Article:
In our small local Greek Orthodox church my wife Genie and I both like the Lenten Service of Forgiveness. It ends with each person in our parish walking to the front of the sanctuary, kissing the icon of Jesus, then bowing in front of our priest.
“Forgive me,” we say.
“I forgive you,” answers our priest, as does each member of the congregation.
We embrace and then together we say: “God forgives us both.”
After that exchange my each person takes his or her place next to the priest in a line that — after we’ve all stepped up and joined it — stretches around the interior perimeter of the church.
Each of us repeats the action and then moves down the line repeating the “forgive me” ritual with everyone in the congregation until we’ve all asked each other for forgiveness.
We bow before children and old people, the middle aged and some giggling kid from down the block. We ask forgiveness from the people we love and from the people we don’t like.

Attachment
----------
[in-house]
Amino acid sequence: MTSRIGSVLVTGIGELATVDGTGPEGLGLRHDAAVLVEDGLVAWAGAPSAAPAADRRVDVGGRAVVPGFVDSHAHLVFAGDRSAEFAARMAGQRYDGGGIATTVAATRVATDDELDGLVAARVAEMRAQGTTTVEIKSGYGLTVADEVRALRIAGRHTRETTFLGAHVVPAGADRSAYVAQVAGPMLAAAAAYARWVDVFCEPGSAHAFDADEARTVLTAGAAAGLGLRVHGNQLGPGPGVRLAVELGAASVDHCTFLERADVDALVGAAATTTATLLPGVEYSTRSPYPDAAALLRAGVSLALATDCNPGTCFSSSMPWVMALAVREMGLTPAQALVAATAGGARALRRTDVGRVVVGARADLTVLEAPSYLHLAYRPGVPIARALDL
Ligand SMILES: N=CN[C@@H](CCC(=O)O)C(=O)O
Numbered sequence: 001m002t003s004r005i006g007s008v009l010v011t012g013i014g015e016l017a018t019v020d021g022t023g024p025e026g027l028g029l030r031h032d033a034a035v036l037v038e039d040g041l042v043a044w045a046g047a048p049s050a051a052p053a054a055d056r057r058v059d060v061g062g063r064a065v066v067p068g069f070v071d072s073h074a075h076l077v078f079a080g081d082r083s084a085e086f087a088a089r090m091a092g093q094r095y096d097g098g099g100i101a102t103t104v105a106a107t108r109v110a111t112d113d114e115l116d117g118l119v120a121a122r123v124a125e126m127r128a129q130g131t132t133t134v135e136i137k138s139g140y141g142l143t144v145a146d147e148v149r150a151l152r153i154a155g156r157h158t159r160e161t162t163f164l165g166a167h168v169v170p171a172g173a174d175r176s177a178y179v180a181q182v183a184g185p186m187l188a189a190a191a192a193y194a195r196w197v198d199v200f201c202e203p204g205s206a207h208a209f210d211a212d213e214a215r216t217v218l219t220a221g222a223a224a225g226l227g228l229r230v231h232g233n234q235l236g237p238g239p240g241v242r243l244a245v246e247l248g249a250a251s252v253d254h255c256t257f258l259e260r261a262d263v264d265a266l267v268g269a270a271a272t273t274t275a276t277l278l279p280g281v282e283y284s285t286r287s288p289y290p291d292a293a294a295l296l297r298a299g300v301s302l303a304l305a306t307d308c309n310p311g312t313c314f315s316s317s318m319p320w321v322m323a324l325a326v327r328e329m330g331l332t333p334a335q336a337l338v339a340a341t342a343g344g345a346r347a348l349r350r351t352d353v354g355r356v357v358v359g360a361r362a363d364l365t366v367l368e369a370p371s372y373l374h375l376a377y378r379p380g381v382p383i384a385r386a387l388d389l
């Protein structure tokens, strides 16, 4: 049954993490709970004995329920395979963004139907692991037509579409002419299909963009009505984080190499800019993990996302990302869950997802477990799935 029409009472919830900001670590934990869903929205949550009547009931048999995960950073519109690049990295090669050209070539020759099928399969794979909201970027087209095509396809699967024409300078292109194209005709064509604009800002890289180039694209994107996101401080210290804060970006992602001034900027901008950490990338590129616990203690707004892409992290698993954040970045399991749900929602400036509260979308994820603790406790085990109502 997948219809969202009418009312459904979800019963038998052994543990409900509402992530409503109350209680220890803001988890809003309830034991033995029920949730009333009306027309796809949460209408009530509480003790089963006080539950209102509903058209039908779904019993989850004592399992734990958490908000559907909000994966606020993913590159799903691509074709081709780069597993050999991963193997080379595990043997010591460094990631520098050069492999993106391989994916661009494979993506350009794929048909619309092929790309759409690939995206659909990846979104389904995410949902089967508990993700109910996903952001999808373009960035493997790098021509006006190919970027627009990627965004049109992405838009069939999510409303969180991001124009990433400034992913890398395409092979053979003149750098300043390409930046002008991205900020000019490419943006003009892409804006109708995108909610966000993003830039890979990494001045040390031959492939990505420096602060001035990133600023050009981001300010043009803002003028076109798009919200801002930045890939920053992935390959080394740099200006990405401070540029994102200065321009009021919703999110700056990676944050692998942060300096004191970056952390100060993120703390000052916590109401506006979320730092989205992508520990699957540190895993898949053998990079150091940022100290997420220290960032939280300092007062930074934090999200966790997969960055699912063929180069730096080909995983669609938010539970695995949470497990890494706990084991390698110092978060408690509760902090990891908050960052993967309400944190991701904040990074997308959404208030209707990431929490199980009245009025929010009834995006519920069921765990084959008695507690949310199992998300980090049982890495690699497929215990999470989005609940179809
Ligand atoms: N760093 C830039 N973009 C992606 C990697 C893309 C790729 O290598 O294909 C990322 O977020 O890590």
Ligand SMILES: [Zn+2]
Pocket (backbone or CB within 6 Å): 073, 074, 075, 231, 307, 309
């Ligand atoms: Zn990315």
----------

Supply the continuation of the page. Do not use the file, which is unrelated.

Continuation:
Everyone from the priest to the youngest child in her mother’s arms is equal in this ritual.
When I get to the place in the line where my wife of 42 years is standing, there’s always such a fraught history in my words “Forgive me Genie” that I choke up. There is much to forgive.
You say “I forgive you” with such warm and direct sincerity that I feel that everything has turned out okay after all.
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